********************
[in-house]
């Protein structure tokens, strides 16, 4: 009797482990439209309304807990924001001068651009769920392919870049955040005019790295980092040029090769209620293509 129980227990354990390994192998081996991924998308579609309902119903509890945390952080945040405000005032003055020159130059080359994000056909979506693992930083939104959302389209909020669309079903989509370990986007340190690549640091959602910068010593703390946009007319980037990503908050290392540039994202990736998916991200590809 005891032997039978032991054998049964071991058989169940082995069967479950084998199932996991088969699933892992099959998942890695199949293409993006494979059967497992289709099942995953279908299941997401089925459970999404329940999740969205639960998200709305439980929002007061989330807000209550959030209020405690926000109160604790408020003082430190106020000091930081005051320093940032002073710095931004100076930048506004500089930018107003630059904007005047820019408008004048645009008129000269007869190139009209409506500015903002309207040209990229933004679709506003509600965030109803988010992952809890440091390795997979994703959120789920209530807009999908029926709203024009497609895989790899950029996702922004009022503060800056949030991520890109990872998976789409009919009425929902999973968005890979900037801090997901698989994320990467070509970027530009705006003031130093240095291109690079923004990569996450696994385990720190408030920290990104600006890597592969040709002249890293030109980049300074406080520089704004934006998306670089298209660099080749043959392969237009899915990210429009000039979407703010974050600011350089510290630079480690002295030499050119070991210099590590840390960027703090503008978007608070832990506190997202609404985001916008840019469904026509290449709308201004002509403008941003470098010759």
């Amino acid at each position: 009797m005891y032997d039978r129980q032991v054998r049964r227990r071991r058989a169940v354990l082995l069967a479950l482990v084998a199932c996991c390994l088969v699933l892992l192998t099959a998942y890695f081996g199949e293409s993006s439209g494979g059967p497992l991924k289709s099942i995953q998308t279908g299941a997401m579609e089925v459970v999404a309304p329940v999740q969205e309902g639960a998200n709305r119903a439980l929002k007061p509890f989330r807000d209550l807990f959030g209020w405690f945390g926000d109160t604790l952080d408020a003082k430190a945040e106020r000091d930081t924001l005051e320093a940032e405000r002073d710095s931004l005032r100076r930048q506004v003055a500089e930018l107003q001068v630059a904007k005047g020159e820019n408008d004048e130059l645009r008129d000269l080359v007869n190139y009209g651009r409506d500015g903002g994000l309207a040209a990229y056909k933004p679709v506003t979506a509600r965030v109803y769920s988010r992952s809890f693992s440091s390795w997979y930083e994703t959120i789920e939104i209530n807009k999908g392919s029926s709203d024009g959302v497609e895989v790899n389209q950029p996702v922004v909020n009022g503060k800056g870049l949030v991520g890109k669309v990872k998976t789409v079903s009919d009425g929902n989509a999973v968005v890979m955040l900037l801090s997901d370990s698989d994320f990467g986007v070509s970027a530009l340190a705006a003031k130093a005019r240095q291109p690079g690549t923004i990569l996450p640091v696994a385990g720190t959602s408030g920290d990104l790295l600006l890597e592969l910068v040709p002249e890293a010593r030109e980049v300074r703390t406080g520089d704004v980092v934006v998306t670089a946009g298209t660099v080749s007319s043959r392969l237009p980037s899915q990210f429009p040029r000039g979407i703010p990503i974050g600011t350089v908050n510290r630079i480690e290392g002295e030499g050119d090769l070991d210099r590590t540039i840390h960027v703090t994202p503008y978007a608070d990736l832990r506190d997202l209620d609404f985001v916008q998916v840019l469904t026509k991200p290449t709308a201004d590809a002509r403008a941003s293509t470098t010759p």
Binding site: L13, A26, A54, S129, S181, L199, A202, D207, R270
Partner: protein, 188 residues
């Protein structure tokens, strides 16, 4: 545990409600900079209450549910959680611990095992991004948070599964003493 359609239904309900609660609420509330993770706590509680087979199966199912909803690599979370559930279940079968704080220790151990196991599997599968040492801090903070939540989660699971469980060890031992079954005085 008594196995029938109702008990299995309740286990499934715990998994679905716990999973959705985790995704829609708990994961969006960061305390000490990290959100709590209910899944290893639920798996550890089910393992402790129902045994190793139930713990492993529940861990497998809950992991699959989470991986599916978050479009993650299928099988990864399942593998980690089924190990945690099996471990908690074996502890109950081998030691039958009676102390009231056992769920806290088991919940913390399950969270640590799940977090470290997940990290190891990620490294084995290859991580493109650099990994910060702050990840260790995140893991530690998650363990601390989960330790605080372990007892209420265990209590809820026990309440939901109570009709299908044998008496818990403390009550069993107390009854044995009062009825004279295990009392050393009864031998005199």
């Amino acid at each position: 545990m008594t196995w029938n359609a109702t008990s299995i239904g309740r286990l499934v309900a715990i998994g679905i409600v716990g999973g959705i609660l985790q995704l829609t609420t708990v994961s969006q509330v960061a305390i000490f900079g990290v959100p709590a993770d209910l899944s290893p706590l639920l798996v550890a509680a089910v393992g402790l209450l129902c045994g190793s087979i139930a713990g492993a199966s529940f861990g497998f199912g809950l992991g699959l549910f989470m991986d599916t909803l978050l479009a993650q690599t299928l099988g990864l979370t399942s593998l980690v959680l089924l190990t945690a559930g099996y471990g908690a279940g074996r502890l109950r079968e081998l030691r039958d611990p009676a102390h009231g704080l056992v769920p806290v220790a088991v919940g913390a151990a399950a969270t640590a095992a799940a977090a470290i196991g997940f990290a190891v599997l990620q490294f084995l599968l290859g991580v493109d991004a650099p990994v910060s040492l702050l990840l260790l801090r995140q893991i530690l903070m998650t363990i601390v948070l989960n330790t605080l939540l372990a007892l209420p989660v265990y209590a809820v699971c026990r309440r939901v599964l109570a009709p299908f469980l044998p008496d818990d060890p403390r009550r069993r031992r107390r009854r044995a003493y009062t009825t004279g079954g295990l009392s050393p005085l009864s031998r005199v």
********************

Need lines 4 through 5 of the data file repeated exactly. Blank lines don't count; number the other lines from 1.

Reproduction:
Binding site: L13, A26, A54, S129, S181, L199, A202, D207, R270
Partner: protein, 188 residues